again, tax planning for the year ahead presents a number of
challenges, this year, primarily due to tax laws changes
brought about the passage of the Tax Cuts and Jobs Act of
These changes include the nearly
doubling of the standard deduction, elimination of personal
exemptions, and numerous itemized deductions reduced or
eliminated. Let's take a closer look.
General Tax Planning
General tax planning strategies for individuals this year
include postponing income and accelerating deductions, as well
as careful consideration of timing related investments,
charitable gifts, and retirement planning. For example,
taxpayers might consider using one or more of the following:
Selling any investments on which you have a gain or loss this
year. For more on this, see Investment Gains and Losses,
If you anticipate an increase in taxable income this year, in
2018, and are expecting a bonus at year-end, try to get it
before December 31. Keep in mind, however, that contractual
bonuses are different, in that they are typically not paid out
until the first quarter of the following year. Therefore, any
taxes owed on a contractual bonus would not be due until you
file your 2019 tax return in 2020. Don't hesitate to call the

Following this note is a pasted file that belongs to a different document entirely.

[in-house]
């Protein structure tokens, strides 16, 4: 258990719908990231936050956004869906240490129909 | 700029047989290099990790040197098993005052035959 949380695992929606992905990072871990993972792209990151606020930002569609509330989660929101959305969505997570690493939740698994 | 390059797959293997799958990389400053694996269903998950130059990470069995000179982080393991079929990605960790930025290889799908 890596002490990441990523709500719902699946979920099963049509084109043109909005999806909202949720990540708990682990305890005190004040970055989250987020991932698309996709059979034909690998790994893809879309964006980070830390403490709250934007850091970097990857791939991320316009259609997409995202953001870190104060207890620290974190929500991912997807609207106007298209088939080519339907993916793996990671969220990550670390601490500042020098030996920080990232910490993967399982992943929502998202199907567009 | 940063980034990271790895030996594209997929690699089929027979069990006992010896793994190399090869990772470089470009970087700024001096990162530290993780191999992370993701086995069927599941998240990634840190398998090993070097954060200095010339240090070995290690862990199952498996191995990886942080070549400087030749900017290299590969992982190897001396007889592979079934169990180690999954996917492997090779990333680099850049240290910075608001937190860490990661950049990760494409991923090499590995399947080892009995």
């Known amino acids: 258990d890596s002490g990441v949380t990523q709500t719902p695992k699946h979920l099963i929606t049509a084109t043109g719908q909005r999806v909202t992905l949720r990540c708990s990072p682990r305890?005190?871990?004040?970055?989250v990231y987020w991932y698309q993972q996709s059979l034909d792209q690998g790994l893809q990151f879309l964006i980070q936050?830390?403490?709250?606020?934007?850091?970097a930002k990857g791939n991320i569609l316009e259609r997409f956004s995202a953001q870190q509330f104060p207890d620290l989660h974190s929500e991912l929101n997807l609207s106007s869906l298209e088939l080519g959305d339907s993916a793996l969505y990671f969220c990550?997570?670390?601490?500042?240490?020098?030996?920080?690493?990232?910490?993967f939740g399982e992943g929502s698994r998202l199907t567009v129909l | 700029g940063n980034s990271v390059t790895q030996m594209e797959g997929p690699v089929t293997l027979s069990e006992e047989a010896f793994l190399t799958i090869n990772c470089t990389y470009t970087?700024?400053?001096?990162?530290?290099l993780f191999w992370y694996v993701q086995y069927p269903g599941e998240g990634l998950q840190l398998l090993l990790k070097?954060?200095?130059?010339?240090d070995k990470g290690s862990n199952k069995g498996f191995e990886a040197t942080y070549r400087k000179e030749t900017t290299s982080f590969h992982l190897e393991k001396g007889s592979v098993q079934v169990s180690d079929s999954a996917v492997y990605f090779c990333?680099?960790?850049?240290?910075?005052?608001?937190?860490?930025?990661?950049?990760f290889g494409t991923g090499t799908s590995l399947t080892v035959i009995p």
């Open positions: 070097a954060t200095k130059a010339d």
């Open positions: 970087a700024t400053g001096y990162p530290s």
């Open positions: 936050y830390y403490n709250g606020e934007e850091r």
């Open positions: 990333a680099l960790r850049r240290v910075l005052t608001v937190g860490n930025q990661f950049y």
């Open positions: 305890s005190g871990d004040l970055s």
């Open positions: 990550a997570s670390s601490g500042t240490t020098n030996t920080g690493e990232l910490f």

office if you have any questions about this.
Prepaying deductible expenses this year using a credit card.
Examples of deductible expenses include charitable
contributions and medical expenses. This strategy works
because deductions may be taken based on when the expense was
charged on the credit card, not when the bill was paid.
Likewise with checks. For example, if you charge a medical
expense in December but pay the bill in January, assuming it's
an eligible medical expense, it can be taken as a deduction on
your 2018 tax return.
If your company grants stock options, then you may want to
exercise the option or sell stock acquired by exercise of an
option this year. Use this strategy if you think your tax
bracket will be higher in 2019. Generally, exercising this
option is a taxable event; sale of the stock is almost always
a taxable event.
If you're self-employed, send invoices or bills to clients or
customers this year to be paid in full by the end of December.
Caution: Keep an eye on
the estimated tax requirements.
Accelerating Income and
Accelerating income and deductions are two strategies that are
commonly used to help taxpayers minimize their tax liability.
Most taxpayers anticipate increased earnings from year to
year, whether itís from a job or investments, so this strategy
works well. On the flip side, however, if you anticipate a
lower income next year or know you will have significant
medical bills, you might want to consider deferring income and
expenses to the following year.
If you anticipate being in a higher tax bracket next year,
accelerating income into 2018 is a good idea, especially for
taxpayers whose earnings are close to threshold amounts
($200,000 for single filers and $250,000 for married filing
jointly) that make them liable for additional Medicare Tax or
Net Investment Income Tax (see below).
Caution: Taxpayers close
to threshold amounts for the Net Investment Income Tax
(3.8 percent of net investment income) should pay close
attention to "one-time" income spikes such as those